Tonight we ride!

Resolutions Must Have a Red-Pill Reality

Resolutions Must Have a Red-Pill Reality

This is the time when we get the obligatory optimism. We see people posting “Merry Christmas” and “Happy Holidays.” We see that social media is littered with a variety of “Don’t Stop Believing” quotes. And we get the typical resolutions and “you can do it” replies of encouragement.

And yet…

None of this can become a reality without a red-pill perspective (perhaps even a black pill). To make any change, you’ll have to swallow an unpleasant truth. You’ll have to spar with a bevy of lies that stand before you. You’ll have to discern the charlatans from the genuine thought leaders.

This will be painful…and most people are unwilling to accept the darkest of realities.

Resolutions must have a red pill reality. Otherwise, the words we speak during the holidays are nothing but empty platitudes.

See Related Article:  The Nice Man is Not a Great Man

On the Duplicity and Degeneracy of the Movie “Flashdance”

On the Duplicity and Degeneracy of the Movie “Flashdance”

Yesterday, the Major saw the movie Flashdance againI grew up in the 1980s, so I saw the picture when I was a hapless beta-male. Like so many modern films, the movie fails in hindsight. We realize that we were infected by a piece of degenerate art. Let’s start from the top, shall we?

Point #1 – Alexandra “Alex” Owens (Jennifer Beals) is an eighteen-year-old welder at a steel mill in Pittsburgh.

  • Bullshit! How many women do you know that are professional welders?    Moreover, if you do find one, what are the chances that she’s 18 and attractive?

Point #2 – Alex works as a stripper at night. One evening, she catches the eye of customer Nick Hurley, the owner of the steel mill where she works. After learning that Alex is one of his employees, Nick begins to pursue her on the job.

  • Bullshit again. If you were a rich Alpha male, why would you pursue a stripper?

Point #3 – Throughout the film, Alex is basically a bitch to Nick. And yet, he cannot seem to get enough of her emasculating ways. Every sarcastic comment draws him in. Every angry scowl on her face deepens his love.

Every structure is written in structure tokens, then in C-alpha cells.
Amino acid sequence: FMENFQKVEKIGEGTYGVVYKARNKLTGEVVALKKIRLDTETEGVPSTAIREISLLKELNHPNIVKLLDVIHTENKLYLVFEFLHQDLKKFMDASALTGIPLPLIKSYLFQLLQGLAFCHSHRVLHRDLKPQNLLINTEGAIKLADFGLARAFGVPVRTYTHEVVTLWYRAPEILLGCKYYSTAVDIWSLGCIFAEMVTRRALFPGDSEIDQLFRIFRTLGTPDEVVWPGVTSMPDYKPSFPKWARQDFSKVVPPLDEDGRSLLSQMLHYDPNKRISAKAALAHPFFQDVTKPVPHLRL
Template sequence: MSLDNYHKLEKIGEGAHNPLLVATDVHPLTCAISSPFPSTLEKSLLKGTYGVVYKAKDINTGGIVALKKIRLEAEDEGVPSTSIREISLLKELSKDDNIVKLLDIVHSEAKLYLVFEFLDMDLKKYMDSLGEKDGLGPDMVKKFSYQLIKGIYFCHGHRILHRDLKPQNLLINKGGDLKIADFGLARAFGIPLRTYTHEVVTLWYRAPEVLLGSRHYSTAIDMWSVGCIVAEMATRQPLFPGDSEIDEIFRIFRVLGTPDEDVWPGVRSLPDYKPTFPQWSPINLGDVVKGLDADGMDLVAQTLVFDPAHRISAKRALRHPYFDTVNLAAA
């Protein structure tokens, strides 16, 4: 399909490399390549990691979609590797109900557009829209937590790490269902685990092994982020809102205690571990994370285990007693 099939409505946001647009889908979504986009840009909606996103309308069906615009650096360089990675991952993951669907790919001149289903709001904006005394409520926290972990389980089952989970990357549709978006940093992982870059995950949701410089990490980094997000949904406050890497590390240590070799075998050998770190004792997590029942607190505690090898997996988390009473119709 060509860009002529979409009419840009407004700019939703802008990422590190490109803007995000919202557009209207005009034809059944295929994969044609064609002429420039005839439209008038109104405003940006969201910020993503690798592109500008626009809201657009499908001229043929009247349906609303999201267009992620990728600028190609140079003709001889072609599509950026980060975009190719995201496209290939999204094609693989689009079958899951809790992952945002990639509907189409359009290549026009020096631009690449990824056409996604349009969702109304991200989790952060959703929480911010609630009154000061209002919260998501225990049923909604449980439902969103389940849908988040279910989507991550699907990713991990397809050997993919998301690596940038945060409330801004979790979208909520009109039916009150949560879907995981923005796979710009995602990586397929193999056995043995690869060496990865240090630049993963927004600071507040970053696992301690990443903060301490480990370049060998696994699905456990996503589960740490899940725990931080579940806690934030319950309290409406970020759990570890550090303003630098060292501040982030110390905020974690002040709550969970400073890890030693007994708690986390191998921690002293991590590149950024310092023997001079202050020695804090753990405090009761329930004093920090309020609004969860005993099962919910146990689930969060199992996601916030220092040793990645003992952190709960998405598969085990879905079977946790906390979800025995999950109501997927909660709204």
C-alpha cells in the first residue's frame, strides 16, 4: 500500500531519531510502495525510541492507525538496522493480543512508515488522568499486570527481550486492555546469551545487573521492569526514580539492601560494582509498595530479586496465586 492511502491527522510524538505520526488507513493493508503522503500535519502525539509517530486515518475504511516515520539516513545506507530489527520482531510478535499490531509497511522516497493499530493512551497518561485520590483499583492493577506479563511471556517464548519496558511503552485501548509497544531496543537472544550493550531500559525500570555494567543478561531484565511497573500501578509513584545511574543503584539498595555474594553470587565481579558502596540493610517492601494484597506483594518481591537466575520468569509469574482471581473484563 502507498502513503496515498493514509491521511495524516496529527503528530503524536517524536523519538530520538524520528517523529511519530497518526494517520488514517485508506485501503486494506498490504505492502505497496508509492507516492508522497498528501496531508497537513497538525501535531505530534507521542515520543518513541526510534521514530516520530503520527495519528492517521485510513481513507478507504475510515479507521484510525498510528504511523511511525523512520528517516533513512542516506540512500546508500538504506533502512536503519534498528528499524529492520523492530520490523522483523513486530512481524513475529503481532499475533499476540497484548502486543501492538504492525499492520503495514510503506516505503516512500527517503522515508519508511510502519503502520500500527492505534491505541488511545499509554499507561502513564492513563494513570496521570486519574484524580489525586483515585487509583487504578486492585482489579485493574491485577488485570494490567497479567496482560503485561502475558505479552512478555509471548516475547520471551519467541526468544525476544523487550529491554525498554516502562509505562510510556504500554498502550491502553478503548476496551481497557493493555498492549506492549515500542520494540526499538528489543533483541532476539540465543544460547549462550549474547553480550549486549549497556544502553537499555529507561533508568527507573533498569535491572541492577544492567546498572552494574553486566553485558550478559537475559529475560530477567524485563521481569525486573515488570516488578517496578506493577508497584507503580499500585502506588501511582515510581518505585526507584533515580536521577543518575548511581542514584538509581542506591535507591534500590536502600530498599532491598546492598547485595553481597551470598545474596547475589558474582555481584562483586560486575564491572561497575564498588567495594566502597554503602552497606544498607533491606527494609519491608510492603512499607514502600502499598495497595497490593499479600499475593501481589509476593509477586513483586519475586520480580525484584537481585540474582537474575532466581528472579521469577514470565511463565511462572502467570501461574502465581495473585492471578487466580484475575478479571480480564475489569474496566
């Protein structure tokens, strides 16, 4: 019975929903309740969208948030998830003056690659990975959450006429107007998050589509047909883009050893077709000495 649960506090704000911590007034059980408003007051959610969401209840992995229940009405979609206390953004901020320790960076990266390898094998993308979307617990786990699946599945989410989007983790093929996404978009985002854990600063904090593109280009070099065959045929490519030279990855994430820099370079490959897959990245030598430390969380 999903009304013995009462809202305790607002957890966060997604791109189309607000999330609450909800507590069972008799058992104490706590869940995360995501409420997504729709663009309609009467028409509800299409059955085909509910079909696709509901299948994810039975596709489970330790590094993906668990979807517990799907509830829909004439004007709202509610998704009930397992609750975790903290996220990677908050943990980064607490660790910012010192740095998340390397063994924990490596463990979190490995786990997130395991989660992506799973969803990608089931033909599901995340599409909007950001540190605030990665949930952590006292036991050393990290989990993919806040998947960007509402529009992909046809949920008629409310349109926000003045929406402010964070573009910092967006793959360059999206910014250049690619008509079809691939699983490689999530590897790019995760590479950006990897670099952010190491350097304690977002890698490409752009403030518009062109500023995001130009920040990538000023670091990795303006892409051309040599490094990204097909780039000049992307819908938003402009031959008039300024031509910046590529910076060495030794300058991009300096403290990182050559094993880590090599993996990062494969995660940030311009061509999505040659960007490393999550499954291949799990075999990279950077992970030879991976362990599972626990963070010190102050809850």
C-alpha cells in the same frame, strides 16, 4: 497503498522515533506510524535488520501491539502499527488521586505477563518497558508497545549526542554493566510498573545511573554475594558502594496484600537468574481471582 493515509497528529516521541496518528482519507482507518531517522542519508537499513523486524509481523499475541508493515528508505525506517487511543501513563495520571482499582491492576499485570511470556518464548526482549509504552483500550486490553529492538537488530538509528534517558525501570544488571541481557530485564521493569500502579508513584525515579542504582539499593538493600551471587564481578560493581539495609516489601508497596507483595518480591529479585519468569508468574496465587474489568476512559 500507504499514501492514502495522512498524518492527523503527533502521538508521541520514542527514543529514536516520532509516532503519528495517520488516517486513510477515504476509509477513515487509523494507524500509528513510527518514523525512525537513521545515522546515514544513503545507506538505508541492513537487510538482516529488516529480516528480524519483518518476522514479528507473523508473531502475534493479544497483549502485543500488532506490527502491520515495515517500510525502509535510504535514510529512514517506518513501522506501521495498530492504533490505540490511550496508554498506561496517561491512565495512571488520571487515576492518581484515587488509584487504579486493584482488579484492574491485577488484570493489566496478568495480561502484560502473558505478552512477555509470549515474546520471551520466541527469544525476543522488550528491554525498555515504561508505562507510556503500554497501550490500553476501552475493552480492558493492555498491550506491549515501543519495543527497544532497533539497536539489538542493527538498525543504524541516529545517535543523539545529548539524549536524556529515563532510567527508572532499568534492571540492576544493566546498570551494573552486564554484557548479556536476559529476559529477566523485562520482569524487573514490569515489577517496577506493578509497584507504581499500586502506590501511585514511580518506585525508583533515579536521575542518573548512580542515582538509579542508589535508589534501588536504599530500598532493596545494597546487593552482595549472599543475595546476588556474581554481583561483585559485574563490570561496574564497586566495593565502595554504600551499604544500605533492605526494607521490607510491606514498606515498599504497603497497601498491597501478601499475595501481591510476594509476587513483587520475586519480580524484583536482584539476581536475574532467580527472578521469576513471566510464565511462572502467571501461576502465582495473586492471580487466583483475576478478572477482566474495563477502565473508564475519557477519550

• Three strikes of bullshit…you’re out! What rich man is going to accept being perpetually denigrated by an 18-year old stripper with a malicious attitude?

The movie presents a dangerous message to both men and women. It teaches young men that it’s ok to “save” a stripper – would you instill that lesson in your son? And it teaches young women that an Alpha male will overlook their promiscuous transgressions and provide them with a life of luxury – would you instill that lesson in your daughter?

Never forget, my dear reader…the GREAT EMPIRE must have GREAT ARTWORKS by GREAT MEN. These ARTWORKS must promote a UNIVERSAL LIFE ESSENCE and HUMAN BEAUTY. We cannot accept the broken morality of degenerate art.

Two roads diverge in the woods…you can choose the Cleaver family or gay wedding cakes. There is no in between.

See Related Story: The Karate Kid Was a Piece of Anti-American Propaganda

An Analysis of Henry Ford (How His Father Almost Killed His Dream)

An Analysis of Henry Ford (How His Father Almost Killed His Dream)

From Henry Ford’s autobiography, My Life and Work:

My father offered me forty acres of timber land, provided I gave up being a machinist.

What would have happened if Ford had followed his father’s advice? What if he gave up his love for automobiles to pursue a life as a farmer? The answer is simple…there would be no Ford Motor Company.

Your dreams can be stymied in a variety of ways; sadly, parents can be the culprit in this regard. Instead of analyzing the talents of a child and promoting them, they will often discourage the developments of their son/daughter.

See Related Article: Book Review: Basic Economics by Thomas Sowell

Six Interesting Quotes From “The Maxims of George Washington”

Six Interesting Quotes From “The Maxims of George Washington”

I finished reading The Maxims of George Washington awhile back. It’s a collection of insights from America’s first president. The book was fascinating, since so much is said about the man. And yet, we’ve rarely heard anything from the man.

Below are six interesting quotes from the book:

On the Native Americans (Indian Nations):

“The basis of our proceedings with the Indian Nations has been, and shall be, JUSTICE, during the period in which I have anything to do with the administration of this government” (p. 204)

On friendship:

“The company in which you will improve most will be the least expensive to you.” (263).

“Assimilate with men of good quality, if you esteem your own reputation; for it is better to be alone than in bad company.” (264)

On his feelings towards Great Britain:

I was opposed to the policy of Great Britain, and became an enemy of her measures; but I always distinguish between a cause and individuals…personally I could never be an enemy to them.”(p. 265).

On slavery:

“There is not a man living, who wishes more sincerely than I do, to see a plan adopted, for the abolition of it [slavery]. But there is only one proper and effectual mode by which it can be accomplished, and that is, by legislative authority.”

Your [Lafayette’s] purchase of an estate in Cayenne, with a view of emancipating the slaves on it, is a generous and noble proof of your humanity” (p. 276).

On gambling:

“Avoid gaming. This is a vice that is productive of every possible evil” (331)

Primary sources are better than secondary ones. Therefore, it should be the goal of every honest man to judge others by their actual words…as opposed to what others have said about them.

See Related Article: You Should Preference the Man That Retains a Vital Force